The field of cosmology has come a long way toward understanding
the universe as a physical system: we’ve mapped its history and
structure in great detail, we know what it went through since a few
seconds after its birth until today, we understand...
Five years ago, NASA’s Fermi Gamma-ray Space Telescope saw more
gamma rays than expected from the area around the center of our
galaxy. Many scientists suggest that the extra gamma rays could be
from the annihilation of dark matter particles. This...
In 1913, Victor Hess measured the background level of
atmospheric ionization while ascending with a balloon. By doing so,
he discovered that Earth is continuously bathed in ionizing
radiation. These cosmic rays primarily consist of protons
The theoretical astrophysicist and Princeton University
professor is well known for his work on NASA’s 2001 Microwave
Anisotropy Probe—he conceptualized the mission and deciphered the
radio telescope’s data to measure the age of the universe,
In the public lecture “The Latest News from the Cosmos,” Matias
Zaldarriaga, Professor in the School of Natural Sciences, explores
the most detailed map of the infant universe to date. Publicly
released on March 21, 2013, the map shows relic...
Following the discovery in July of a Higgs-like boson—an effort
that took more than fifty years of experimental work and more than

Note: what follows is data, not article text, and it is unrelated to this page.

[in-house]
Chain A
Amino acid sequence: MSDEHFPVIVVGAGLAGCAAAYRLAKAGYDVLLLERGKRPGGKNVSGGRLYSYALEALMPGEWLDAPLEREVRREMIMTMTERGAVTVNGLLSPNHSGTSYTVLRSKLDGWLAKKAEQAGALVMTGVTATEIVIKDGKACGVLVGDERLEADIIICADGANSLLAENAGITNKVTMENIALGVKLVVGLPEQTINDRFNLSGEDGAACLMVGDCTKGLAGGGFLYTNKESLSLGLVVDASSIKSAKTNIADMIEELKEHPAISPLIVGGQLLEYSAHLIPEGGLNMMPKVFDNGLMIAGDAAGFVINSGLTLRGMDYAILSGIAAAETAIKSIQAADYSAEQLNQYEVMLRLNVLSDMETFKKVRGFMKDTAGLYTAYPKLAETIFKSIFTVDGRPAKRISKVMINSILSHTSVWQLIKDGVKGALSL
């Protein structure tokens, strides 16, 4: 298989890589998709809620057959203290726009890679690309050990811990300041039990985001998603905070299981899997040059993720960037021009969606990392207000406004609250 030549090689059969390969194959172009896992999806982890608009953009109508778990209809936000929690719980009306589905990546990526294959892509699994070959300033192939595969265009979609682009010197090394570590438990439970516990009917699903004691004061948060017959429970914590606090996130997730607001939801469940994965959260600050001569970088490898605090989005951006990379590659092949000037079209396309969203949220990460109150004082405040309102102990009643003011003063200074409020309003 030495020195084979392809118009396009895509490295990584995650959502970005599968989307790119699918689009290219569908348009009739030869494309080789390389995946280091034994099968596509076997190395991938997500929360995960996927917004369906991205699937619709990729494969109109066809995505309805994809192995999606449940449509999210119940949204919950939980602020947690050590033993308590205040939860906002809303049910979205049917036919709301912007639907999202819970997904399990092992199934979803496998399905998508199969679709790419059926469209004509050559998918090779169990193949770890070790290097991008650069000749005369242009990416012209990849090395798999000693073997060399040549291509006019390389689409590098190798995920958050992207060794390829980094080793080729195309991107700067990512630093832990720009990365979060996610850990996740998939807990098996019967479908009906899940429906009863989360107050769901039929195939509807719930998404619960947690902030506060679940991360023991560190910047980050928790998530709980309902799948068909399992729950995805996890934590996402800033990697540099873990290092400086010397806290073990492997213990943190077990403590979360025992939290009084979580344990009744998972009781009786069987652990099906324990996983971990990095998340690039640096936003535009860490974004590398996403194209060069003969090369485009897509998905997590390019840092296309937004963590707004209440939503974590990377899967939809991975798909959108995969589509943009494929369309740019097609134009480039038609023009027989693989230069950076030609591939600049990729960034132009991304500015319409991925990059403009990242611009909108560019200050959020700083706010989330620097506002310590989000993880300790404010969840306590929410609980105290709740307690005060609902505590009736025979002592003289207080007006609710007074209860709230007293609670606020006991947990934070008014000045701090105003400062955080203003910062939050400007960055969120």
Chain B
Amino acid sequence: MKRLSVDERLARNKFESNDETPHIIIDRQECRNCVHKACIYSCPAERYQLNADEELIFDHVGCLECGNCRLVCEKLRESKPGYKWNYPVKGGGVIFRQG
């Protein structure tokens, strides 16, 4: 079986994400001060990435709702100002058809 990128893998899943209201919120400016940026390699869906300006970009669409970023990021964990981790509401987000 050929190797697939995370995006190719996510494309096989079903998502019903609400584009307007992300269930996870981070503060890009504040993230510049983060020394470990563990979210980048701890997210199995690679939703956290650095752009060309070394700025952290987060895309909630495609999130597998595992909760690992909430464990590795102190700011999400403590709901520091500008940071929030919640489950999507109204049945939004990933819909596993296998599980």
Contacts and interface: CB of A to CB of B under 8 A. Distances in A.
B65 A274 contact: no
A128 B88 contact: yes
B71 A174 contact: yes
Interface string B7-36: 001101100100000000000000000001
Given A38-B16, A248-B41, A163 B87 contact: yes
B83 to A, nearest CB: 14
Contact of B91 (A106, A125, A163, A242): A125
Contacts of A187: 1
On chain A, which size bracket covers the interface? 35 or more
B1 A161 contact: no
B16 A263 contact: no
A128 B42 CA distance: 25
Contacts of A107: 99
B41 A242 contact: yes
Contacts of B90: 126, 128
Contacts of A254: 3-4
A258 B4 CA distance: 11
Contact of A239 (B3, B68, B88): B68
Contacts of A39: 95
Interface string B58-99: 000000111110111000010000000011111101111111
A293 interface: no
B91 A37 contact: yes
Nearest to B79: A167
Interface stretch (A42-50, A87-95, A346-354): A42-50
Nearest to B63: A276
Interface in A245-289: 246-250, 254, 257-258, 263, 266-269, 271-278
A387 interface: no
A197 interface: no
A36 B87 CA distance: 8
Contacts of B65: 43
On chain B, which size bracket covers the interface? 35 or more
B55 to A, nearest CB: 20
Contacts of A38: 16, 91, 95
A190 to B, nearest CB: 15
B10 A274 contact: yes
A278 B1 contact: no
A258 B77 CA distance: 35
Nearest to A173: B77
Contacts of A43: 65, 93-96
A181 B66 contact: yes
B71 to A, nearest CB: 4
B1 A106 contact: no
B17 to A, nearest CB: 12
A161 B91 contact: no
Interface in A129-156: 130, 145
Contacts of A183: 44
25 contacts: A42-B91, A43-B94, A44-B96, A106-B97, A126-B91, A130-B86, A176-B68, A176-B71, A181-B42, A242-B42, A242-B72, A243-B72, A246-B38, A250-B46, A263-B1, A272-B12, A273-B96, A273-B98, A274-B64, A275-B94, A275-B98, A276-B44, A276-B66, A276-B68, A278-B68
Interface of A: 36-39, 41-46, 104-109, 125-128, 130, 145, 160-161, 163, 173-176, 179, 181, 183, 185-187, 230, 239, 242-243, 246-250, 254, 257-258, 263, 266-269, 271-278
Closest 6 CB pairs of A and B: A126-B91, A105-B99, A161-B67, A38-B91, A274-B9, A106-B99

10,000 scientists and engineers working on the Large Hadron
Collider—Juan Maldacena and Nima Arkani-Hamed, two...
Why is the expansion of the universe speeding up, instead of
being slowed by the gravitational attraction of galaxies and dark
matter? What is the history of the Milky Way galaxy and of the
chemical elements in its stars? Why are the planetary...
For slightly over a year, I have largely put aside my longtime
interests in the foundations of quantum mechanics and in particle
physics, and have been working on dark matter. This interest came
about in two different ways. The first was a paper on...
One of the remarkable discoveries in astrophysics has been the
recognition that the material we see and are familiar with, which
makes up the earth, the sun, the stars, and everyday objects, such
as a table, is only a small fraction of all of the...
In the public lecture “The World’s Largest Experiment,” Nathan
Seiberg, Professor in the School of Natural Sciences, discusses the
Large Hadron Collider (LHC) and the potential discoveries it may
yield—among them, new insights about the origin of...